Euroconstruct, the association of European forecasting bodies, predicts that construction output across Europe will grow by about 3% this year, compared with an average growth rate last year of 0.8%. This is an exceptional result. If true, it will mean that construction is outperforming the general economy for only the second time this decade.
The factors behind the current surge in activity are both economic and political. With most countries on course to meet the financial criteria for joining the single currency, there has been a slight easing of financial discipline among Europe’s treasuries and central banks. This has meant that there is more public money available to clear the backlog of major civil engineering projects that has built up over recent years. A second factor has been low and stable interest rates, which are stimulating private investment.
Countries and industry sectors
Euroconstruct covers the 15 countries of the?European Union (with the exceptions of Greece and Luxembourg), plus Norway and Switzerland. Most countries’ industries have done well in the recent past – last year, for example, only four of the member states recorded construction growth below the 0.8% average. However, average performance has been disappointing throughout the 1990s.
The overwhelming reason for this has been the sharp decline in the output of the German industry. The importance of Germany can hardly be overemphasised – it accounts for one-quarter of Europe’s total construction market. And much of the current good news is because its construction industry’s expected rate of growth is predicted to increase for the first time in five years (which is also good news for its largest contractor Hochtief). After a 4.1% fall in output growth in 1998, German construction is expected to fall only 0.2% in 1999 before rising 1% in 2000. However, the troubles of Germany’s second-biggest contractor, Philipp Holzmann, could throw this forecast into doubt.
There was good news on the figures front for UK builders. The output growth of the British industry is expected to be 2% this year, rising to 2.7% in 2000. France, Italy and Spain are all expecting growth to slow.
In the mature economies of western Europe, the focus is increasingly shifting from new build to the maintenance and renewal of existing facilities. This involves less capital spending, and so dampens the rampant growth seen as economies develop.
In 1998, the repair and maintenance sectors were more buoyant than new work, with civil engineering repair and maintenance leading the way with 3.2% growth. The only sector to decline was residential new build, with output falling 1.7%.
By the end of 1999, the best performing sectors are likely to have been residential repair and maintenance and new non-residential building, both predicted to grow by more than 3%. Growth is also expected to return to the new residential building sector.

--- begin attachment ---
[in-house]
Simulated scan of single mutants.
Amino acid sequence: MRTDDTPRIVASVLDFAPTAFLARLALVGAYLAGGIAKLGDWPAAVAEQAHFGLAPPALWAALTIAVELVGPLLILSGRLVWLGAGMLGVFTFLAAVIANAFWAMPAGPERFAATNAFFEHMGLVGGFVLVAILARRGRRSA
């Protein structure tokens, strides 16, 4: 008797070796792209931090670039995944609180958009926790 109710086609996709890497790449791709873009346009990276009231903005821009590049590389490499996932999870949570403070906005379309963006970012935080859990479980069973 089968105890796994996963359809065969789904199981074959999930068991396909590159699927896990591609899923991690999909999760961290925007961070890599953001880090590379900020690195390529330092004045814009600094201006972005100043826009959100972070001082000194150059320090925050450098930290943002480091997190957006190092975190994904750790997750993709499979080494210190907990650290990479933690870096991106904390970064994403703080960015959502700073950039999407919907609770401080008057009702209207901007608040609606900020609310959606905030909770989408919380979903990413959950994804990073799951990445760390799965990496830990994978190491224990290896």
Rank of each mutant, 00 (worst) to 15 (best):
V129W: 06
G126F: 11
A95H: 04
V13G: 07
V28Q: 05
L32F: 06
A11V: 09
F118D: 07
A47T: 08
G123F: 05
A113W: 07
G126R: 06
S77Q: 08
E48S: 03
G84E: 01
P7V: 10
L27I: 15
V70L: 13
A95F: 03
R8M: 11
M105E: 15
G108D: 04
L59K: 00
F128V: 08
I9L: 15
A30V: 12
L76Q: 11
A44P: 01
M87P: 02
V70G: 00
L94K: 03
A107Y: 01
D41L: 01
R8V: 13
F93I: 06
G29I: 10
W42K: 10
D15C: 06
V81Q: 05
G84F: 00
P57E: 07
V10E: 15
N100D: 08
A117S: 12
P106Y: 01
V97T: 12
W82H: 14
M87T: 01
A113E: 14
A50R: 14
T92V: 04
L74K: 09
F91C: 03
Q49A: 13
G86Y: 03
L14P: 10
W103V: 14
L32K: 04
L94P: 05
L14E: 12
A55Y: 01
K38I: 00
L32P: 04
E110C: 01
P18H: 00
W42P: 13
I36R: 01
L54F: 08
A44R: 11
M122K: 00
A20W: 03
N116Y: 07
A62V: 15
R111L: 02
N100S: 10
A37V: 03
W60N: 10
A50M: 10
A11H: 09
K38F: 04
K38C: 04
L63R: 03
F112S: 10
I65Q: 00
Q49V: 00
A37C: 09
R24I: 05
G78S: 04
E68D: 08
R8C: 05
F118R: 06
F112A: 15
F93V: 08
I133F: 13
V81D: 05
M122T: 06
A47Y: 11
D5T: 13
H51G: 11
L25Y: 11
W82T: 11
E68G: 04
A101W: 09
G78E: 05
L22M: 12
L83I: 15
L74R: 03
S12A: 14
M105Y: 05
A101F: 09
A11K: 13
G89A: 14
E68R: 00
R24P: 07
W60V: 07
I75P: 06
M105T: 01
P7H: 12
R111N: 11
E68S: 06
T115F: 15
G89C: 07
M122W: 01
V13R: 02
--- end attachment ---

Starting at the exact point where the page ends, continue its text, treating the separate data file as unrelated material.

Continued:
In 2000, residential and non-residential new build are expected to underperform, compared with construction’s predicted total growth of about 2.5%. Residential repair and maintenance is forecast to match it, but the stars of the show are likely to be non-residential R&M and civil engineering. However, over the past few years, it has been the new non-residential building sector that has performed best.
Construction output and GDP
Construction output as a proportion of gross domestic product has fallen throughout the 1990s, and construction is no longer the locomotive of growth it once was in many European countries.
Real GDP grew 2.9% in 1998 in the European Union and 2.5% across the Euroconstruct# zone, both figures well above the trend for the 1990s. This reasonably moderate rate of growth has been driven as much by the smaller EU countries as by the larger ones.
However, much of the GDP growth in 1998 took place in the first half of the year. The economic climate in the EU worsened in the second half as financial crises hit South-east Asia, Russia and Latin America. Most analysts downgraded their forecasts for 1999, with Euroconstruct predicting GDP growth of only 1.8%.
The effects of the economic crises around the world have, on the whole, proved transitory, signalling that the structural reforms implemented in the European economy over recent years have begun to bear fruit in terms of long-term competitiveness. European exporters have also benefited from the effective 6.6% devaluation of the euro in the first half of the year, and HSBC Economics and Investment Strategy is predicting an annual rate of growth in eurozone exports of 8% to 10% by the end of 1999.
Eurostat has reported quarter-on-quarter GDP growth of 0.5% for the first two quarters of 1999, and most analysts believe this is likely to be maintained in the second half. Euroconstruct has upgraded its GDP forecast for France, Spain and the UK, and downgraded it slightly for Germany.
The European economy
Consumer price inflation is expected to stay below 2% at least to the end of 2000, and although some analysts predict a eurozone interest rate rise some time at the end of this year or the beginning of next, rates are unlikely to rise above 3% by the end of 2000. The eurozone’s budget deficit is forecast to decline from 2.1% in 1998 to 1.7% in 2000, and the unemployment rate may fall to about 10% by the end of the year (9.2% in the Euroconstruct zone).
All this presents a fairly bright picture of the European economy in the short term, with growth in GDP of about 3% forecast for 2000. Of the big five, only Spain is likely to exceed this average, with France equalling it and the rest below.
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